Johnny Depp explains why he just can't quit Captain Jack Sparrow

Pop culture's most famous pirate makes his return later this month, in Pirates of the Caribbean: On Stranger Tides. The cast and crew told us what's in store for Captain Jack — and whether he might do a fifth movie.

We attended yesterday's press conference, in which returning stars Johnny Depp and Geoffrey Rush and producer Jerry Bruckheimer were joined by new director Rob Marshall and cast members Penelope Cruz, Ian McShane, Sam Claflin, and Àstrid Bergès-Frisbey. Here's a mostly spoiler-free recap of what was discussed, although there are a few vague hints in here about what happens to one of the characters.

Writing On Stranger Tides

Johnny Depp explains why he just can't quit Captain Jack Sparrow

Producer Jerry Bruckheimer explained that buying the rights to Tim Powers's 1987 book On Stranger Tides, from which the movie is loosely adapted, gave writer Ted Rossio new ideas and offered a new way to think about the Pirates universe. When asked whether they had learned any lessons from the negative response to the previous sequels Dead Man's Chest and World's End, Bruckheimer went on the defensive, pointing out both films made about a billion dollars worldwide and claiming the the media didn't understand those movies as well as the audience did.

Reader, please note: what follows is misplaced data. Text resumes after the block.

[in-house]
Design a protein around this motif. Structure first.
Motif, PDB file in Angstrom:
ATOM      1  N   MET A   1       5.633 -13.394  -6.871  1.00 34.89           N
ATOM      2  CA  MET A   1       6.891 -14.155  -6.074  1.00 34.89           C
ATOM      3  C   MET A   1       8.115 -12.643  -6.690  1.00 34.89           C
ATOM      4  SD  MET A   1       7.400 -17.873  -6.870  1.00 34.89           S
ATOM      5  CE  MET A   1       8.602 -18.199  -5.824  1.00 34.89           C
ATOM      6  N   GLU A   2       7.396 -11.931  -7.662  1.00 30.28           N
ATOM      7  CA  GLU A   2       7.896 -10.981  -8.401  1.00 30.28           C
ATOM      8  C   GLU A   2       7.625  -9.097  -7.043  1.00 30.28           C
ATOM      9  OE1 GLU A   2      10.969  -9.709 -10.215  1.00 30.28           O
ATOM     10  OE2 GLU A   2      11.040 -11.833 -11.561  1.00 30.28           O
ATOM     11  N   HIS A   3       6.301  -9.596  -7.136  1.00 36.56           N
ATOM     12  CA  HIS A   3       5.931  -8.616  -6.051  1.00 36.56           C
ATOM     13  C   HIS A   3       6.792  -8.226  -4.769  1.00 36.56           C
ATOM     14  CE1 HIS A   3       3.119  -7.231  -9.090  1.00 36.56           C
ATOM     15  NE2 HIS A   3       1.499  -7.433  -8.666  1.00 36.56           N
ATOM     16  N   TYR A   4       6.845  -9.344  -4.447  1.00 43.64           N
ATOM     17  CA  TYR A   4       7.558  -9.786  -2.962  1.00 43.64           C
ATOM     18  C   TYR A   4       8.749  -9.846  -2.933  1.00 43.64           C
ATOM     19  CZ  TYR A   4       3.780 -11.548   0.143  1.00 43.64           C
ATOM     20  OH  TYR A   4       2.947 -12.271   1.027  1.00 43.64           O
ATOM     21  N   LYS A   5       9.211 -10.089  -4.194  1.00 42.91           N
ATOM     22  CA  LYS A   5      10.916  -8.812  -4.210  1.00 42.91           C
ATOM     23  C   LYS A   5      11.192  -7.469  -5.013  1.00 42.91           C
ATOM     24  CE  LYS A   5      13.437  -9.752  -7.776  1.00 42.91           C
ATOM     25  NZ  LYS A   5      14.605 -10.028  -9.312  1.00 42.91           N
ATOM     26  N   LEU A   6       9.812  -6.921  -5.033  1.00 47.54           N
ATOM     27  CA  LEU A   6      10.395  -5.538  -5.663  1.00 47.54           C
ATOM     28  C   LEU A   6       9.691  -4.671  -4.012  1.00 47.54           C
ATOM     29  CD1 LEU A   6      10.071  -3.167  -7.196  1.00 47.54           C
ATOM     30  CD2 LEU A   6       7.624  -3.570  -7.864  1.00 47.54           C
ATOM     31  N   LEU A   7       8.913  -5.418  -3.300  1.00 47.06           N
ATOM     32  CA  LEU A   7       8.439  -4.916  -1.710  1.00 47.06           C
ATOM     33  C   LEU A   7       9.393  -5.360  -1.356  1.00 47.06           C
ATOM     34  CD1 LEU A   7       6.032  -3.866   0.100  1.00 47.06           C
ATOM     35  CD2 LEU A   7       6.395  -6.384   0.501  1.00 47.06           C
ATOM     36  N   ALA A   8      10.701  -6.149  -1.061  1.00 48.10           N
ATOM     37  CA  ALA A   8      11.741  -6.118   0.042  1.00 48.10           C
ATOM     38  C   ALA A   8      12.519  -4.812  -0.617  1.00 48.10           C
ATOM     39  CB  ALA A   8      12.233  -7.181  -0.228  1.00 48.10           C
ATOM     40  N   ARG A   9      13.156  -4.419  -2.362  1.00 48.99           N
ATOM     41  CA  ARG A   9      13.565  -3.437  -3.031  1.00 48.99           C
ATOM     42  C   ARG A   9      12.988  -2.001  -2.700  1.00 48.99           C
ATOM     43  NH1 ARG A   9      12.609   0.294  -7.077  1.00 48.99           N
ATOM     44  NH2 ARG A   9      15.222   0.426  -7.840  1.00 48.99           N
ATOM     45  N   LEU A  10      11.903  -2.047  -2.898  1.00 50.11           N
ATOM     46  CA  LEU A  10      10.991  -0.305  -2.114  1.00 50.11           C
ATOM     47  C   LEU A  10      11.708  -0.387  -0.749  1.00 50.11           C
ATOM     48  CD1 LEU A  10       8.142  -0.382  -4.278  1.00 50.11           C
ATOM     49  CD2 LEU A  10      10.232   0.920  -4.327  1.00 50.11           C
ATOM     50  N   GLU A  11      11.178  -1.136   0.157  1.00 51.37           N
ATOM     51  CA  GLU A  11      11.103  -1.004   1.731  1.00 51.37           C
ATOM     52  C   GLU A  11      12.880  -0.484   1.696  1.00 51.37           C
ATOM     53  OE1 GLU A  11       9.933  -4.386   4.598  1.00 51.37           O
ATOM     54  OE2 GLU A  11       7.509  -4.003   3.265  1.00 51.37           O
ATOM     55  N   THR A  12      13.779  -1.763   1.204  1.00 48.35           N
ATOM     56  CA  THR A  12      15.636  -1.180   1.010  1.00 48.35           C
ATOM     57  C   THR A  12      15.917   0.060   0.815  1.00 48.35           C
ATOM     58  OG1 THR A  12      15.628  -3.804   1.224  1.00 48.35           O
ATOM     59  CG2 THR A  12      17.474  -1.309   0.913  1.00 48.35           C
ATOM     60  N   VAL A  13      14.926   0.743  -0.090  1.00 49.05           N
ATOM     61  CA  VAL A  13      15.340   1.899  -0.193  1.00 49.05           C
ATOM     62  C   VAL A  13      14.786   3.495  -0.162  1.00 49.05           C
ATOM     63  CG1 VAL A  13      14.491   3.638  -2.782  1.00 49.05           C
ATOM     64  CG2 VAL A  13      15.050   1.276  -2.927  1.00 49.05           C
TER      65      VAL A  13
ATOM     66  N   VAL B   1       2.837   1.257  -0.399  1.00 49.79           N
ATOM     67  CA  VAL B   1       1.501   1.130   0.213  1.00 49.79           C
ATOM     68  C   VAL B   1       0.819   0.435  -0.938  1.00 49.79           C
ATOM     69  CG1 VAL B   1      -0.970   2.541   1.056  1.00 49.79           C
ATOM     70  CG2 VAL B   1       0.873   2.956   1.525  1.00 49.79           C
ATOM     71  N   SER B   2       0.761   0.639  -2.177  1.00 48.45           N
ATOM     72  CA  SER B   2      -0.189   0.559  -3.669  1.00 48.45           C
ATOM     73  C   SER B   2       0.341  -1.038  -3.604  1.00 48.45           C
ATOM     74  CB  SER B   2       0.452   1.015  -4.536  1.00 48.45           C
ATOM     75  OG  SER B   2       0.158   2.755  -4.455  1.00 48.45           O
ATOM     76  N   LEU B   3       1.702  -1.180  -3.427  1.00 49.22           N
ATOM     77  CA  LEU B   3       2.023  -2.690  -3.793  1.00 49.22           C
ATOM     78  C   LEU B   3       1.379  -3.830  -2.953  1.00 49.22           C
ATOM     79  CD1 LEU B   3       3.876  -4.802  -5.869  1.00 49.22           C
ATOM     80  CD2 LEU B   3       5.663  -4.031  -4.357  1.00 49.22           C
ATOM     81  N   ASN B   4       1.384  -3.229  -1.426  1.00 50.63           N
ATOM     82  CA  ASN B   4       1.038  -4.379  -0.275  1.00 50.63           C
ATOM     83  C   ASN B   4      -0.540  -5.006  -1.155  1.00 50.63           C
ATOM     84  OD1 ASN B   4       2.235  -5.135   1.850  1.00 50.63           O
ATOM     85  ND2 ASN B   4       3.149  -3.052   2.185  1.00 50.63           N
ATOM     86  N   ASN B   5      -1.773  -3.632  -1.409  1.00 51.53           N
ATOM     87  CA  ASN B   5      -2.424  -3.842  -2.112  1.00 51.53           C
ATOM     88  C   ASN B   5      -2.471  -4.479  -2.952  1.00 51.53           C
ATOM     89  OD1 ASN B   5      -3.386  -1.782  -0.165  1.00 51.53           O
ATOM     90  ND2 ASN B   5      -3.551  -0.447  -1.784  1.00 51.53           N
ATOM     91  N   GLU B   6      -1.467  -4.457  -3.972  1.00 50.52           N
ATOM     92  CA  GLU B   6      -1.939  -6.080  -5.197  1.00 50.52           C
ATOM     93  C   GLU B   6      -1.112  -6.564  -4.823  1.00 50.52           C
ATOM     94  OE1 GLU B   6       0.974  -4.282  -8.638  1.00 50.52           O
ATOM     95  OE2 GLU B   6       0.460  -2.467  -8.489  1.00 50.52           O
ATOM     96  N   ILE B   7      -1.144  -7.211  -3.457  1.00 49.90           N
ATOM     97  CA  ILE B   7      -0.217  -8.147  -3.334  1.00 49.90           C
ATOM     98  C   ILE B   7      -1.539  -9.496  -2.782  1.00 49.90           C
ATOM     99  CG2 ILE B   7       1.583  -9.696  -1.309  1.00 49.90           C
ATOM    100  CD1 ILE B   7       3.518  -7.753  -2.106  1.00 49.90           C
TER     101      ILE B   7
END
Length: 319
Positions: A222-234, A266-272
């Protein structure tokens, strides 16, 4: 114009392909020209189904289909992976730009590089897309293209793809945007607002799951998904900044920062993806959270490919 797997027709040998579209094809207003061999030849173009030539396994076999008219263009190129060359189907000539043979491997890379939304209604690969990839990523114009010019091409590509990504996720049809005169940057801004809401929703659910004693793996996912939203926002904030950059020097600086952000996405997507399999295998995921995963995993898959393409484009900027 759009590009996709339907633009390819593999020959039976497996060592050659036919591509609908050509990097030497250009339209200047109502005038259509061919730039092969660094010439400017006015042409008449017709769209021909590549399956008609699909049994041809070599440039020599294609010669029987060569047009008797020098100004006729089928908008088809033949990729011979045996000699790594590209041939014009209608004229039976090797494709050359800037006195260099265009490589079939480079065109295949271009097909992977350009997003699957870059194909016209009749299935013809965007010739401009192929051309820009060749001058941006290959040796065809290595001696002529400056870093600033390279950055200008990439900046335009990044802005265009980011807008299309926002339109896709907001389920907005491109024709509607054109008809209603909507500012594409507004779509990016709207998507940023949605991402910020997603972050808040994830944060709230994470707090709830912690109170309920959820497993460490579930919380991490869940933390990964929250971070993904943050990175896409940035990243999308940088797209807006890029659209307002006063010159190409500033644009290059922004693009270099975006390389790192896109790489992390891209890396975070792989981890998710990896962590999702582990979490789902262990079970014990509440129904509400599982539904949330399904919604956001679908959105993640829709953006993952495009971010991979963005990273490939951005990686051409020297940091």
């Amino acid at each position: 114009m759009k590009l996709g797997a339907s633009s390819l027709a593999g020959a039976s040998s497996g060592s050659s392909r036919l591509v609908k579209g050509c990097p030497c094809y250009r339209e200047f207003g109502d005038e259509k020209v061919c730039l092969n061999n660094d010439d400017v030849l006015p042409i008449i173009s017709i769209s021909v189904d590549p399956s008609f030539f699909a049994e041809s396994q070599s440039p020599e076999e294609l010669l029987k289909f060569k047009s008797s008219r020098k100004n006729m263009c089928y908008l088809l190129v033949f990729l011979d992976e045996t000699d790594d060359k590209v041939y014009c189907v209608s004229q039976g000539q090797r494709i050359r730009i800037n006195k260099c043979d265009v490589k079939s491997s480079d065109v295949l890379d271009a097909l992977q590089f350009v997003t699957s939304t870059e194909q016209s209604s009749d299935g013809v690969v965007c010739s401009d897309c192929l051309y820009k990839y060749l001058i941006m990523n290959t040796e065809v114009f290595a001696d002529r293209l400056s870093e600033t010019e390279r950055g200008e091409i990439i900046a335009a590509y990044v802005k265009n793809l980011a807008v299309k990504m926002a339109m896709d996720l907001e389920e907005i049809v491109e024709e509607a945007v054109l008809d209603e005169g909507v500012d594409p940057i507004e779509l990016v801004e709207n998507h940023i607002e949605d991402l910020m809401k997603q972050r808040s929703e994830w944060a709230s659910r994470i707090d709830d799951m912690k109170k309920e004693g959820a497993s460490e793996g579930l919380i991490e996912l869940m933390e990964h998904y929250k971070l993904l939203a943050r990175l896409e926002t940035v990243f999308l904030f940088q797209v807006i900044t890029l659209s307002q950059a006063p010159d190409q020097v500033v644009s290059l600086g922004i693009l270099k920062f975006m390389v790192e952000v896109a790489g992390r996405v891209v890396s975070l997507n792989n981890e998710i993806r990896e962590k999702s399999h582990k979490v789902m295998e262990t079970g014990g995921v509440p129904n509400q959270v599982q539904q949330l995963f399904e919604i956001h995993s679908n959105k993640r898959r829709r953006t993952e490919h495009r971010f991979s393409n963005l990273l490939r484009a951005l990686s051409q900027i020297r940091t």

That said, he acknowledged that with the trilogy now complete and its various characters' stories paid off, they were able to start over with a story that wasn't as complicated, focusing just on the core characters of the series. Bruckheimer observed that "screenplays are hard" and that it was important they took the time to get the script right, which is part of the reason for the four-year gap between between World's End and On Stranger Tides.

The cast and crew all credited Johnny Depp for his input during the writing process. Director Rob Marshall said it was Depp's idea to bring the Spanish faction into the movie as a counterpoint to Ponce de Leon's original expedition to the Fountain of Youth. Entire characters were added at Depp's request - Jerry Bruckheimer said Sam Claflin's hunky missionary character was created by Depp, while Geoffrey Rush revealed that it was Depp who insisted Captain Barbossa return as Jack Sparrow's adversary-turned-ally.

Finding a New Director

Johnny Depp explains why he just can't quit Captain Jack Sparrow